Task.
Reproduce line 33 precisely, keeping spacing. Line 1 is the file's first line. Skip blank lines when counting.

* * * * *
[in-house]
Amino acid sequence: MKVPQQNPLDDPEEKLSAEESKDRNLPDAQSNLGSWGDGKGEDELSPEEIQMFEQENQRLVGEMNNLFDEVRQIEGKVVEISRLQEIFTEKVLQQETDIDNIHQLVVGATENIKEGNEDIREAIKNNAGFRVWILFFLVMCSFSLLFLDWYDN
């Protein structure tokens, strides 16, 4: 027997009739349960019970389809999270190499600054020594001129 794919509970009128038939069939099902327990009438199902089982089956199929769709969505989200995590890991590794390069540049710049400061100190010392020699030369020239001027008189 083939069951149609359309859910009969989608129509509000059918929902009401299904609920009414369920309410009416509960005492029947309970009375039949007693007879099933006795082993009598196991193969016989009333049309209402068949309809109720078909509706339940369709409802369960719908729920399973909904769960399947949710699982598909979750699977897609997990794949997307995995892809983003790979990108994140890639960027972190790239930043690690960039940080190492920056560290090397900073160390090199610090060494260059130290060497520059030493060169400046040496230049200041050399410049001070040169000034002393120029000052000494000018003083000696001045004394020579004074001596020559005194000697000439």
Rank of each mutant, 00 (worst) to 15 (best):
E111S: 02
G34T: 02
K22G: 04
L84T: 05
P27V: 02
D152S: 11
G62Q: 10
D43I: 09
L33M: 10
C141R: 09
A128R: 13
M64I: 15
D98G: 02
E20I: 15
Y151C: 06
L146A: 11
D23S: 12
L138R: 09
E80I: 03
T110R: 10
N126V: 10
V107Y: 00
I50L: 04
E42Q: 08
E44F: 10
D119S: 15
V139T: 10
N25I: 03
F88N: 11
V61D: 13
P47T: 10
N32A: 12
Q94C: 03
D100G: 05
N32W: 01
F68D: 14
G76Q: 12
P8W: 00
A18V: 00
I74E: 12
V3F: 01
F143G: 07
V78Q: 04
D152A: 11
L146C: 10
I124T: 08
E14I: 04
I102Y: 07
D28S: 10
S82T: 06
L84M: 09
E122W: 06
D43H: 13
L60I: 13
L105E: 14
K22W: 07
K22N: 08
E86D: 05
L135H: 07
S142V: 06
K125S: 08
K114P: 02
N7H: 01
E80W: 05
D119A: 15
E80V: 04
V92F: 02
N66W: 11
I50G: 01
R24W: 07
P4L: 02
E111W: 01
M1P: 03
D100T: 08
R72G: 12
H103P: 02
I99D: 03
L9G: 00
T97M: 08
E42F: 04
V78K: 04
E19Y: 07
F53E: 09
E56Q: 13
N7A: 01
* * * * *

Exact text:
F88N: 11